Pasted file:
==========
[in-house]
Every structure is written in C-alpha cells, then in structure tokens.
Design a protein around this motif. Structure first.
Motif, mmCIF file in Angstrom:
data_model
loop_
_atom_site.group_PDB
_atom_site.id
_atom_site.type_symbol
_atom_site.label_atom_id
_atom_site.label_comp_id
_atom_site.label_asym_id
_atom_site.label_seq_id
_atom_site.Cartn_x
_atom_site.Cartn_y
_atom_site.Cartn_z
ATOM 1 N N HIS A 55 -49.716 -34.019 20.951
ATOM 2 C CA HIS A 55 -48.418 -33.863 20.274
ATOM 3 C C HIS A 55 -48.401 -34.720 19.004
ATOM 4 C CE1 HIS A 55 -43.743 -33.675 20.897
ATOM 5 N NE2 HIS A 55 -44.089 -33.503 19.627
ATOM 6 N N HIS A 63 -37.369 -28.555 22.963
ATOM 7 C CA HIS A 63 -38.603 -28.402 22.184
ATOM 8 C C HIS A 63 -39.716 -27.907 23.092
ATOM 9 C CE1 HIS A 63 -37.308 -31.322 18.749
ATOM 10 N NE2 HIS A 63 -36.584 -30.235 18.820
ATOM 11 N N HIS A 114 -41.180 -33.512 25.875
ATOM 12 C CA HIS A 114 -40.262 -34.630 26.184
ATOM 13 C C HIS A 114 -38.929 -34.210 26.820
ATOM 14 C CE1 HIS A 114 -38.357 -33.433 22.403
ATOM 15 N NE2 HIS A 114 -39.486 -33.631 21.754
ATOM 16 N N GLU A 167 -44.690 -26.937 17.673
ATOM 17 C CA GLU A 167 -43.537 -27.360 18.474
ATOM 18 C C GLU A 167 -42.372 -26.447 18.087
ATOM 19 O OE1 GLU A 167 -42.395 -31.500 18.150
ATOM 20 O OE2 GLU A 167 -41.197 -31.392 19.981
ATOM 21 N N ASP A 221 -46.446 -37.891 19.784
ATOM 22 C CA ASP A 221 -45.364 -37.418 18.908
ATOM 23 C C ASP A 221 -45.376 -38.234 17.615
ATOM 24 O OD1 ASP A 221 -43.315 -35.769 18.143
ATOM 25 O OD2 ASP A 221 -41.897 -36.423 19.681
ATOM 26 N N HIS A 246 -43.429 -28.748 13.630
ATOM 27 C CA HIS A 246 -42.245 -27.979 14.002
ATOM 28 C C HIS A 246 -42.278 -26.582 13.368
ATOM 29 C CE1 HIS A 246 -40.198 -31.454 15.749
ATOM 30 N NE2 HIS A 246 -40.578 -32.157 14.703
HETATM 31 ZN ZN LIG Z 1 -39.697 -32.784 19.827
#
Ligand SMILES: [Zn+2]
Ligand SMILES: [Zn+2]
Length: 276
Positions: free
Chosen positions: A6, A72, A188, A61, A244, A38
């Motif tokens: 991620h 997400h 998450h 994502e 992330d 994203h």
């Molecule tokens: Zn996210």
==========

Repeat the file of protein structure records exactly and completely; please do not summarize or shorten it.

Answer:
[in-house]
Every structure is written in C-alpha cells, then in structure tokens.
Design a protein around this motif. Structure first.
Motif, mmCIF file in Angstrom:
data_model
loop_
_atom_site.group_PDB
_atom_site.id
_atom_site.type_symbol
_atom_site.label_atom_id
_atom_site.label_comp_id
_atom_site.label_asym_id
_atom_site.label_seq_id
_atom_site.Cartn_x
_atom_site.Cartn_y
_atom_site.Cartn_z
ATOM 1 N N HIS A 55 -49.716 -34.019 20.951
ATOM 2 C CA HIS A 55 -48.418 -33.863 20.274
ATOM 3 C C HIS A 55 -48.401 -34.720 19.004
ATOM 4 C CE1 HIS A 55 -43.743 -33.675 20.897
ATOM 5 N NE2 HIS A 55 -44.089 -33.503 19.627
ATOM 6 N N HIS A 63 -37.369 -28.555 22.963
ATOM 7 C CA HIS A 63 -38.603 -28.402 22.184
ATOM 8 C C HIS A 63 -39.716 -27.907 23.092
ATOM 9 C CE1 HIS A 63 -37.308 -31.322 18.749
ATOM 10 N NE2 HIS A 63 -36.584 -30.235 18.820
ATOM 11 N N HIS A 114 -41.180 -33.512 25.875
ATOM 12 C CA HIS A 114 -40.262 -34.630 26.184
ATOM 13 C C HIS A 114 -38.929 -34.210 26.820
ATOM 14 C CE1 HIS A 114 -38.357 -33.433 22.403
ATOM 15 N NE2 HIS A 114 -39.486 -33.631 21.754
ATOM 16 N N GLU A 167 -44.690 -26.937 17.673
ATOM 17 C CA GLU A 167 -43.537 -27.360 18.474
ATOM 18 C C GLU A 167 -42.372 -26.447 18.087
ATOM 19 O OE1 GLU A 167 -42.395 -31.500 18.150
ATOM 20 O OE2 GLU A 167 -41.197 -31.392 19.981
ATOM 21 N N ASP A 221 -46.446 -37.891 19.784
ATOM 22 C CA ASP A 221 -45.364 -37.418 18.908
ATOM 23 C C ASP A 221 -45.376 -38.234 17.615
ATOM 24 O OD1 ASP A 221 -43.315 -35.769 18.143
ATOM 25 O OD2 ASP A 221 -41.897 -36.423 19.681
ATOM 26 N N HIS A 246 -43.429 -28.748 13.630
ATOM 27 C CA HIS A 246 -42.245 -27.979 14.002
ATOM 28 C C HIS A 246 -42.278 -26.582 13.368
ATOM 29 C CE1 HIS A 246 -40.198 -31.454 15.749
ATOM 30 N NE2 HIS A 246 -40.578 -32.157 14.703
HETATM 31 ZN ZN LIG Z 1 -39.697 -32.784 19.827
#
Ligand SMILES: [Zn+2]
Ligand SMILES: [Zn+2]
Length: 276
Positions: free
Chosen positions: A6, A72, A188, A61, A244, A38
């Motif tokens: 991620h 997400h 998450h 994502e 992330d 994203h």
């Molecule tokens: Zn996210």